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Should you prompt and probe in job interviews?

While conducting job interviews, selection panels are frequently torn between whether to probe or prompt the job interviewees.  Sometimes, members of selection panels become confused about the differences between these two approaches to job interview questions.  This article clarifies the issues for selection panels. 


Probing to gain more information during job interviews

Often, when asking an applicant questions in a job interview situation, you want or need more information than you get at first. This may be for any of a range of reasons including nervousness on the part of the job applicant, the question is not as clear or specific to the applicant as it might be to the interviewer, the applicant assumes we know what they are talking about (so does not provide an explanation) or the applicant may simply not know how to respond.

It is up to the job interviewer to give the applicant the opportunity to present the knowledge and information they have during the job interview.. So this is where an interviewer might probe or prompt but what is the difference and how does it affect the assessment of the applicant?

Probing is asking follow on questions to gain further response so as to achieve a more specific or detailed understanding of the applicant’s depth of knowledge or more detail on the actions they are describing. The interviewer is looking for the applicant to unpack the detail in what they are talking about. Probing questions might be:

  • Can you explain more about the specific steps you took to understand the customer’s complaint?
  • You said that the new program was a success. What measures did you use to determine its level of success?
  • Can you tell me about the topics you covered in the report to satisfy the client’s request?
  • Can you explain your reasons for that approach?

These questions have in common a desire to find out specific details during job interviews.  This is the level of information an interviewer requires to best arrive at meaningful and assessable information about a job applicant. Probing questions arise in a situation where the interviewer would like a more detailed response so they usually cannot be planned. As an interviewer, it may be helpful to be ready to probe if necessary by being familiar with some questions you might draw on. These could include:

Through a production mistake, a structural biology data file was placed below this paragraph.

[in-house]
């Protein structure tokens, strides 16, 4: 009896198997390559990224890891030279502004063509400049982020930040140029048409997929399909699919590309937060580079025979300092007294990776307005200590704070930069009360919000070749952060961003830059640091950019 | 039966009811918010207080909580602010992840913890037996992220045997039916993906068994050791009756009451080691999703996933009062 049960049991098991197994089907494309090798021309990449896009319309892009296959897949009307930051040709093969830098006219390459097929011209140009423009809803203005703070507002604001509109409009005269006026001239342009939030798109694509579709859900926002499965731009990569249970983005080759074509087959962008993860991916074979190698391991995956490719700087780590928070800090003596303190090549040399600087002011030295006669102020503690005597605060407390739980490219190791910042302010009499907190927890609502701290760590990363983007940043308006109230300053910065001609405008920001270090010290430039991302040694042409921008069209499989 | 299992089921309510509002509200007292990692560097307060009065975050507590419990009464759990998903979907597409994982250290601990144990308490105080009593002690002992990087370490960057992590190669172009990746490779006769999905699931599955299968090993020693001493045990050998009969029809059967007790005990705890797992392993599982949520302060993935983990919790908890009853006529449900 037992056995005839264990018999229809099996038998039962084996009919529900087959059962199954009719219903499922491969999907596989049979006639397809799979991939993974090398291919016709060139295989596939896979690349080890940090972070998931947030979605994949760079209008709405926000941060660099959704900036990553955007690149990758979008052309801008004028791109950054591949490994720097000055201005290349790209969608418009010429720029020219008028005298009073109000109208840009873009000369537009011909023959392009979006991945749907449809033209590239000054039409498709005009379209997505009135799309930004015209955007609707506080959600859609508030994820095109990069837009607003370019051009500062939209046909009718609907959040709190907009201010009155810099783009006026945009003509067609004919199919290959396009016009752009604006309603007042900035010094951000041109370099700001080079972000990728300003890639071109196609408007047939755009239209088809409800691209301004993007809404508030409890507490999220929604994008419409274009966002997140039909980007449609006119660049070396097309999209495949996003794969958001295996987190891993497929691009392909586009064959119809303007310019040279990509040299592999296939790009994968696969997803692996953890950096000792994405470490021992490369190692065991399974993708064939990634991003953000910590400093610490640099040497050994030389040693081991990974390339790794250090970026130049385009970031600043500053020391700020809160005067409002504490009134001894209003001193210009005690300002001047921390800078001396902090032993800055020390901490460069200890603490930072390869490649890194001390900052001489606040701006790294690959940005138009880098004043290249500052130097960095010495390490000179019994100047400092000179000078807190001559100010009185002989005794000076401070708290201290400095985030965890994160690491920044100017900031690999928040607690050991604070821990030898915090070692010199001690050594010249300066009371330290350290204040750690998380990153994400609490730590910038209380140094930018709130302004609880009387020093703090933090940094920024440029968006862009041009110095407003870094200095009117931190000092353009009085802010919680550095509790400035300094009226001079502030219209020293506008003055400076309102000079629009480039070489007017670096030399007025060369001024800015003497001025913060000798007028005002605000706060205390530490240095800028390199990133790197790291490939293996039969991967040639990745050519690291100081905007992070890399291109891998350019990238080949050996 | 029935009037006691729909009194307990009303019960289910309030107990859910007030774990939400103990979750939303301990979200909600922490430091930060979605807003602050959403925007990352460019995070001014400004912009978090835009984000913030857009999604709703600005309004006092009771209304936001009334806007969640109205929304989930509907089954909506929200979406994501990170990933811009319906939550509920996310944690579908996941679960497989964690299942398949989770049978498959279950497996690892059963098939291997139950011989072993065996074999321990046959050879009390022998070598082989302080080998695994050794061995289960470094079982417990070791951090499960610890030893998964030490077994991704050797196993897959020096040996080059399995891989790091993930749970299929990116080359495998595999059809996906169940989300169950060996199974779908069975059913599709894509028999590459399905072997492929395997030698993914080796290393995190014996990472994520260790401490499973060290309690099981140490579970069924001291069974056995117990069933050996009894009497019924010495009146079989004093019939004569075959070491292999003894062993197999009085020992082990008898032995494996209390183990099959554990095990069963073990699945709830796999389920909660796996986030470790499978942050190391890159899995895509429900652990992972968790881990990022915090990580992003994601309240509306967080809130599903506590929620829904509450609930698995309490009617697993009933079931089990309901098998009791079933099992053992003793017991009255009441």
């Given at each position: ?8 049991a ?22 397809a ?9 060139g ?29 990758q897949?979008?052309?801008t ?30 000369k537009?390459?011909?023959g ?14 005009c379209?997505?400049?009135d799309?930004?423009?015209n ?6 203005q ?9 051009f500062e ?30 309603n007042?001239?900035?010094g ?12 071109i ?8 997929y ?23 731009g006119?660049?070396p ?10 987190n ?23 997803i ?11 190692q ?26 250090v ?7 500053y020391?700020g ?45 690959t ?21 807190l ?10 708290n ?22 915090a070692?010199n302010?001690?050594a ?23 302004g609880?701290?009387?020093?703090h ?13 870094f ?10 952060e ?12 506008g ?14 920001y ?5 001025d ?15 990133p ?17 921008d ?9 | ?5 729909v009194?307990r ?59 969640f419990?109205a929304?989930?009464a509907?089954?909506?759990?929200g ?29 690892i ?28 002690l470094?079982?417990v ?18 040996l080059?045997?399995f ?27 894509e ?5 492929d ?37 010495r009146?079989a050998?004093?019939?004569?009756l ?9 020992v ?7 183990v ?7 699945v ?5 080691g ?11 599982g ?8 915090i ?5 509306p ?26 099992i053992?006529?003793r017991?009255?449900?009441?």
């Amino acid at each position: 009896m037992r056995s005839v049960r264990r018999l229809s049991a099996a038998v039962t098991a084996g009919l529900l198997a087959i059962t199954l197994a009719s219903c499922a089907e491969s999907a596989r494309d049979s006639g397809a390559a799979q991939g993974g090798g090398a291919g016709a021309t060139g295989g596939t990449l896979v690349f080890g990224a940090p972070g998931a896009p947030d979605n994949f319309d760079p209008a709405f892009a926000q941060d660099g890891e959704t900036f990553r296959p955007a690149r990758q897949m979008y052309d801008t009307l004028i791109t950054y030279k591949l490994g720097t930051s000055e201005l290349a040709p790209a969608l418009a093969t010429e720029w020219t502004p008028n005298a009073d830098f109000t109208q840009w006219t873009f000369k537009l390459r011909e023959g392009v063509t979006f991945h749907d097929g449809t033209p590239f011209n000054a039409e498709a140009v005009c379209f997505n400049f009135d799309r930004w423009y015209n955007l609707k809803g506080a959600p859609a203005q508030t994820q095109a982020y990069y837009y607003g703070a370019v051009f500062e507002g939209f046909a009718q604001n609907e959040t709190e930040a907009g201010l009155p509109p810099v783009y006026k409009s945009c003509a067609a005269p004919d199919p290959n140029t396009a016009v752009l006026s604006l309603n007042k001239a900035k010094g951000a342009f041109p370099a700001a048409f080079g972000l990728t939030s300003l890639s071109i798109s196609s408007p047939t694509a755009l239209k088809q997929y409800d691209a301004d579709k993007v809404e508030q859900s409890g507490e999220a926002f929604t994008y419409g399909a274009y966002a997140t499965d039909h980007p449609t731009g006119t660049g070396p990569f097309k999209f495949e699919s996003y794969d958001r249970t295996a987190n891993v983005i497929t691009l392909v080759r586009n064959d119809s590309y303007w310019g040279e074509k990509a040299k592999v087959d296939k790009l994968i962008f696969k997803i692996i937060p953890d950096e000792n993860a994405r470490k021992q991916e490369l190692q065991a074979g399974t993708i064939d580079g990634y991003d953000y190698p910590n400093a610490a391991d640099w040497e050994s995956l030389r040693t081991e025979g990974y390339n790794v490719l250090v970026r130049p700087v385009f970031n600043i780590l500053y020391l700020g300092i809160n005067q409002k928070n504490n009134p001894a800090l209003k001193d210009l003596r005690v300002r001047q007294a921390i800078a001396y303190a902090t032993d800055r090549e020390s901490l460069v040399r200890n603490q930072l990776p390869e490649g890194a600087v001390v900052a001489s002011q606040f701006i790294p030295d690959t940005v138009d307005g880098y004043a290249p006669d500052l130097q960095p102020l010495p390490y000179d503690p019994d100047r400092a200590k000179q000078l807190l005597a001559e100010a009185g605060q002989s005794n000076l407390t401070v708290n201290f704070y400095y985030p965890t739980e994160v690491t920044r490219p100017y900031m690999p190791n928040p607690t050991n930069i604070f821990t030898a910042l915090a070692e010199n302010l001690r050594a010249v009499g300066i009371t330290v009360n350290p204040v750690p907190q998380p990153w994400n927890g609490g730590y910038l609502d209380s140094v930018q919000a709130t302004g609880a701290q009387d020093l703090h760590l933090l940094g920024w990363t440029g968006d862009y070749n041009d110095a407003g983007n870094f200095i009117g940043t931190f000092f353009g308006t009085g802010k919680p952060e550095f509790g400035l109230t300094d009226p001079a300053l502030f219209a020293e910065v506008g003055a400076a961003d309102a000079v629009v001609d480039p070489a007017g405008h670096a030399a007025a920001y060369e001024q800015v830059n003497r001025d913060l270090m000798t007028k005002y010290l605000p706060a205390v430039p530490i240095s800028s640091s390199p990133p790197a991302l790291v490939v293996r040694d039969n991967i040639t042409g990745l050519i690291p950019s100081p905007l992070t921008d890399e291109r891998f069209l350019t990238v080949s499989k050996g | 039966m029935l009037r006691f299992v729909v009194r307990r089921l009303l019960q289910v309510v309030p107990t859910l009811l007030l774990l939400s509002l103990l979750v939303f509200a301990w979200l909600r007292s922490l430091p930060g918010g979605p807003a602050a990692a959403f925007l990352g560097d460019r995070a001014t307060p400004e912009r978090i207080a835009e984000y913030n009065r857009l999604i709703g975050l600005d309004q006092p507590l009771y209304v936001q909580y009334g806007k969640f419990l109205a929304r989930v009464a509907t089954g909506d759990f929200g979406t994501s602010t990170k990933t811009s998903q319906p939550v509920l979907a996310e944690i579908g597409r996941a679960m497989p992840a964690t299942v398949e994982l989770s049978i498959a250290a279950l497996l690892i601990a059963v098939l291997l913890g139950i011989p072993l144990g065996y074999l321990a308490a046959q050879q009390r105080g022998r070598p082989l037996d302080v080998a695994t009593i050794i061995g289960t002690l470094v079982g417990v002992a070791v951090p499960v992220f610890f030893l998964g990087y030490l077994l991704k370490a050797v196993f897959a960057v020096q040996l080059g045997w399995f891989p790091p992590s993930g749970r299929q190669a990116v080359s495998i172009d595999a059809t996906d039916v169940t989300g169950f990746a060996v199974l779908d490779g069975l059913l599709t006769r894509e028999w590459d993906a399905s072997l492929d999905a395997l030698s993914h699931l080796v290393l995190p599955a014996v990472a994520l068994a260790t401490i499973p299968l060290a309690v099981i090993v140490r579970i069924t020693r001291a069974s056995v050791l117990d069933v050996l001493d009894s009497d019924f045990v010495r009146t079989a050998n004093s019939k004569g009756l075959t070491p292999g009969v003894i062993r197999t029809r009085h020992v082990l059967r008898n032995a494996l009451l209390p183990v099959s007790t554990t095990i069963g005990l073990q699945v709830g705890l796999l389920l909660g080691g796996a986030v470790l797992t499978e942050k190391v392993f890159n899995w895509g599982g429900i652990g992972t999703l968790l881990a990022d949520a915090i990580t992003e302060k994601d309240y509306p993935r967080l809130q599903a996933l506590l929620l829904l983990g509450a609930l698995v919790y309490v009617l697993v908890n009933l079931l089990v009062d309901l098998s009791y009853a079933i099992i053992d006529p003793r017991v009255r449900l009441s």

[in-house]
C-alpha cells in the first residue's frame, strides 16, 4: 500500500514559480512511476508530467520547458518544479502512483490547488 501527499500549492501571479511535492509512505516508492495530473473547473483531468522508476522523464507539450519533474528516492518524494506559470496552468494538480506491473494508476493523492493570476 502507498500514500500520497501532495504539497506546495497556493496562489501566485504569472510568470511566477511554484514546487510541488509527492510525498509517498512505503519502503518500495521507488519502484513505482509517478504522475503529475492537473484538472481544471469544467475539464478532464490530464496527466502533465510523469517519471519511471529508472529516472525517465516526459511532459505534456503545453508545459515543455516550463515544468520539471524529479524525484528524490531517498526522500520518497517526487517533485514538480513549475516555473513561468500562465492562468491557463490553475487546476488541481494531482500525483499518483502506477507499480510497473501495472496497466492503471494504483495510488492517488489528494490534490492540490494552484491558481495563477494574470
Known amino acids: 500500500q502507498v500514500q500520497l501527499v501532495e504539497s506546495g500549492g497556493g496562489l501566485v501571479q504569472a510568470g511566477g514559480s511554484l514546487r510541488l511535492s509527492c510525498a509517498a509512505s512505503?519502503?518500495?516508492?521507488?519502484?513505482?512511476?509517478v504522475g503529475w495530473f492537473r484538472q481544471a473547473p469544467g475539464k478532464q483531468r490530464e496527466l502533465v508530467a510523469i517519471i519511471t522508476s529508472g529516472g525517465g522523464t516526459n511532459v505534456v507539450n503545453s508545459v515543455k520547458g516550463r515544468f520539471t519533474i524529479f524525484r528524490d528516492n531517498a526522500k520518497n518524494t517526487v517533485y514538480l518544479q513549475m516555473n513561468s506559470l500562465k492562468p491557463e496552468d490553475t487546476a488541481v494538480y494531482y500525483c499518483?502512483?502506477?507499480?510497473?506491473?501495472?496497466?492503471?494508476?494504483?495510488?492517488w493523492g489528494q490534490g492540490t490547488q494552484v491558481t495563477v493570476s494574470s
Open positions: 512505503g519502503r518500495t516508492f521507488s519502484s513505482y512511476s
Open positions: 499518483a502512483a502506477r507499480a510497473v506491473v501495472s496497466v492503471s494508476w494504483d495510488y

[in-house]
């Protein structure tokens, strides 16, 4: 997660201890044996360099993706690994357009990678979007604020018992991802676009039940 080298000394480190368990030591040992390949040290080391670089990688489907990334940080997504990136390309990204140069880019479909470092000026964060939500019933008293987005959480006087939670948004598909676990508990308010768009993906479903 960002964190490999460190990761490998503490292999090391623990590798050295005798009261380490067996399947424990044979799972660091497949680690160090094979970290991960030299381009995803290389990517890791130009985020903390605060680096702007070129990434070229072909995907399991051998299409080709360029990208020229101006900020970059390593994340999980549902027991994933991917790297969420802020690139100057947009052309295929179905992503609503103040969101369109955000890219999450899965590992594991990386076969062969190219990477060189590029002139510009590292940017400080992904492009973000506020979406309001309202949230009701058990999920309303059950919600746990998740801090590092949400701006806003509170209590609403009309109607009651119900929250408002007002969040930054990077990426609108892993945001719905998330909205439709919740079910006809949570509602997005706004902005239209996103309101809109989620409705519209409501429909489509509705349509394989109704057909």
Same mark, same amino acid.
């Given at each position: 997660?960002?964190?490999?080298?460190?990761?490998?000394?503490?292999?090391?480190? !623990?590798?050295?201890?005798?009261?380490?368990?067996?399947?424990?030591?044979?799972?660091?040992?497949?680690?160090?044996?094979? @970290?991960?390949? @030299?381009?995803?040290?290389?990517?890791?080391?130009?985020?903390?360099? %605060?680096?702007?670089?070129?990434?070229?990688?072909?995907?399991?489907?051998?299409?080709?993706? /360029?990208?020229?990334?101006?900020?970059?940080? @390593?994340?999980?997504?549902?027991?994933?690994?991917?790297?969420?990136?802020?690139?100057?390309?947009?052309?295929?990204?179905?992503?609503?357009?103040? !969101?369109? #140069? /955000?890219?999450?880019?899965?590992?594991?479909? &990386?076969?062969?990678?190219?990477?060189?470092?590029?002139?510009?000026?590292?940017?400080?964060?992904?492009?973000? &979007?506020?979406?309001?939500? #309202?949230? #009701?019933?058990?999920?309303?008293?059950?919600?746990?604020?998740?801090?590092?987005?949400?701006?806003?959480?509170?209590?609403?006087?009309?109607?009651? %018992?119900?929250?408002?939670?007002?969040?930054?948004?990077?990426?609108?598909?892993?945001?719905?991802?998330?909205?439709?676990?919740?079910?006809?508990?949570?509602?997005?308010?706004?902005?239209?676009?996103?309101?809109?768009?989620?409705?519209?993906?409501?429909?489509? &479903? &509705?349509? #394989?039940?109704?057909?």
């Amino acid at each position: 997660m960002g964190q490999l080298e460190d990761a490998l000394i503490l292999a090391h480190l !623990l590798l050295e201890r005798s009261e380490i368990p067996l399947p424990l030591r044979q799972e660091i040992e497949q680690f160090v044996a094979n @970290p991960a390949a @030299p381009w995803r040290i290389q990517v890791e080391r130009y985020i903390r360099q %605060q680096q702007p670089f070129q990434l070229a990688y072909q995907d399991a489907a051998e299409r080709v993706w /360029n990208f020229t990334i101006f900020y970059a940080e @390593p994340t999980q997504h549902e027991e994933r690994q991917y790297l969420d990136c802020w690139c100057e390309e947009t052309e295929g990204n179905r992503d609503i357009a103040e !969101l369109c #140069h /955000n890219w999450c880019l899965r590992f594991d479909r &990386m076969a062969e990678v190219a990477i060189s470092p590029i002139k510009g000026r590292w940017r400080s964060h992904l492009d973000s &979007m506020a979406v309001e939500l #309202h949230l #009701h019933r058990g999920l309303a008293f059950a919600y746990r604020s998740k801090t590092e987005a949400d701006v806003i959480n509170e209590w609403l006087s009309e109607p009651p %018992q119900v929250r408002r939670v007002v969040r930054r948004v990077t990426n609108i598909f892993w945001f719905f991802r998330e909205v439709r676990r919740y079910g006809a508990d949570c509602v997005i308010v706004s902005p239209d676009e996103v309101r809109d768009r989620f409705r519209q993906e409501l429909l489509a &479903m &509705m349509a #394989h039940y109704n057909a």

• Please tell me more about that
  • Can you give me some more detail about that
  • Can you tell me how you did that
  • Can you tell me what you did next
  • Can you give me an example of that kind of action?”
  • Can you explain more about your reasons for arriving at that decision?
  • What was your justification for saying that?
  • What were the impacts of that action or decision?

Probing is about following the topic and asking open questions to gain a deeper understanding. This will provide the interviewer with qualitative information.


Prompting to help applicants during job interviews


Prompting is something quite different from probing. Prompting is a questioning technique often used to nudge an applicant in the right direction. It is used when the interviewer can see that the applicant does not understand the question or does not have the knowledge or experience on which to draw to respond. When the applicant has been given the opportunity to present more information and this is not working, an interviewer may resort to prompting.

Prompting is providing a more obvious direction to the applicant when it is apparent they are unable to respond appropriately. This can relieve the tension of an applicant who might understand that they are not providing the required response. Prompting often follows probing. Prompting questions are usually narrow, leading or closed questions.

These might be examples of prompting questions:

  • So the annual data would be found in which report?
  • Given you record the documents in the system as they are received, where might you go to research what information is available?

Interviewers should be very careful to note the responses to prompting questions as they often provide information to an applicant rather than gain it from the applicant. The interviewer should be careful in how the responses to prompting questions are considered or assessed.  It is important to be equitable in using prompting questions to ensure that no applicants gain an unfair advantage during job interviews.


Probing and prompting are two techniques that job interviewers can use to gain more information from the job applicant or to share further information to enable them to perform to the best of their ability.  Both approaches should be employed during job interviews in an equitable way.

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